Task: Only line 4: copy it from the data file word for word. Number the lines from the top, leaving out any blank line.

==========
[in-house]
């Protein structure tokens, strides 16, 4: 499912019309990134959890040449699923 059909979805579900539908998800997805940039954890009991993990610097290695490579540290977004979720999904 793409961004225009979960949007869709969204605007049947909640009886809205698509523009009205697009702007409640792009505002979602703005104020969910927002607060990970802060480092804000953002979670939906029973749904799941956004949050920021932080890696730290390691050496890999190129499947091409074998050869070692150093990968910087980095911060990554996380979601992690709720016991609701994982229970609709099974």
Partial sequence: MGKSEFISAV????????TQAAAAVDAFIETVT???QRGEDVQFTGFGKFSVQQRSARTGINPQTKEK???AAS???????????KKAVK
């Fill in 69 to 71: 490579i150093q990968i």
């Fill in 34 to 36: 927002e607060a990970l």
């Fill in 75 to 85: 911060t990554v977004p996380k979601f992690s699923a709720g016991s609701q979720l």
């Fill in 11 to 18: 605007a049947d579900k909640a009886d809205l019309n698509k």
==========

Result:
């Fill in 69 to 71: 490579i150093q990968i």